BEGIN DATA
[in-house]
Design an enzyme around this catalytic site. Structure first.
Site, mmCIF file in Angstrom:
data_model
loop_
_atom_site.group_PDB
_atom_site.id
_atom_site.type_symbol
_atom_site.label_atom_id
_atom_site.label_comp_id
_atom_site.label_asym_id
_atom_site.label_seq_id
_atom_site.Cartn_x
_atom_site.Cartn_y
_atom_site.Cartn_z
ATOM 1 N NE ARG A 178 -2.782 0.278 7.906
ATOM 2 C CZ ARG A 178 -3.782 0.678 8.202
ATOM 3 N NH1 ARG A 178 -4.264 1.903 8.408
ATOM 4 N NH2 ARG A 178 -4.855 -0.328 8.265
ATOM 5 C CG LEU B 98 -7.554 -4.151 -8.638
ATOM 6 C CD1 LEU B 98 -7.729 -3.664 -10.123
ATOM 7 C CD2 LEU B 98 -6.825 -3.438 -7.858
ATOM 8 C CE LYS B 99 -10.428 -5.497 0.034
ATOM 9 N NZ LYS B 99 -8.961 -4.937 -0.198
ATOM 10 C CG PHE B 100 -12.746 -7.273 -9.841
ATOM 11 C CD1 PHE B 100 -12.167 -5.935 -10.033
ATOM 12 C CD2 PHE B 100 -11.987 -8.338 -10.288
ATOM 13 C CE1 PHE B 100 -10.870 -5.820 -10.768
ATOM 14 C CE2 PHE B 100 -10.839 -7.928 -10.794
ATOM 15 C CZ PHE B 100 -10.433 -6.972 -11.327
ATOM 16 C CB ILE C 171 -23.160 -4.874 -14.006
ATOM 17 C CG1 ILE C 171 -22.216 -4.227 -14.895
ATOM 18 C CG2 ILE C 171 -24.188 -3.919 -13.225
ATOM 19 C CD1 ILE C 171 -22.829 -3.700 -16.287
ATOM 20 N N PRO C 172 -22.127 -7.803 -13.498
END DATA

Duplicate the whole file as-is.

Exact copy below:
[in-house]
Design an enzyme around this catalytic site. Structure first.
Site, mmCIF file in Angstrom:
data_model
loop_
_atom_site.group_PDB
_atom_site.id
_atom_site.type_symbol
_atom_site.label_atom_id
_atom_site.label_comp_id
_atom_site.label_asym_id
_atom_site.label_seq_id
_atom_site.Cartn_x
_atom_site.Cartn_y
_atom_site.Cartn_z
ATOM 1 N NE ARG A 178 -2.782 0.278 7.906
ATOM 2 C CZ ARG A 178 -3.782 0.678 8.202
ATOM 3 N NH1 ARG A 178 -4.264 1.903 8.408
ATOM 4 N NH2 ARG A 178 -4.855 -0.328 8.265
ATOM 5 C CG LEU B 98 -7.554 -4.151 -8.638
ATOM 6 C CD1 LEU B 98 -7.729 -3.664 -10.123
ATOM 7 C CD2 LEU B 98 -6.825 -3.438 -7.858
ATOM 8 C CE LYS B 99 -10.428 -5.497 0.034
ATOM 9 N NZ LYS B 99 -8.961 -4.937 -0.198
ATOM 10 C CG PHE B 100 -12.746 -7.273 -9.841
ATOM 11 C CD1 PHE B 100 -12.167 -5.935 -10.033
ATOM 12 C CD2 PHE B 100 -11.987 -8.338 -10.288
ATOM 13 C CE1 PHE B 100 -10.870 -5.820 -10.768
ATOM 14 C CE2 PHE B 100 -10.839 -7.928 -10.794
ATOM 15 C CZ PHE B 100 -10.433 -6.972 -11.327
ATOM 16 C CB ILE C 171 -23.160 -4.874 -14.006
ATOM 17 C CG1 ILE C 171 -22.216 -4.227 -14.895
ATOM 18 C CG2 ILE C 171 -24.188 -3.919 -13.225
ATOM 19 C CD1 ILE C 171 -22.829 -3.700 -16.287
ATOM 20 N N PRO C 172 -22.127 -7.803 -13.498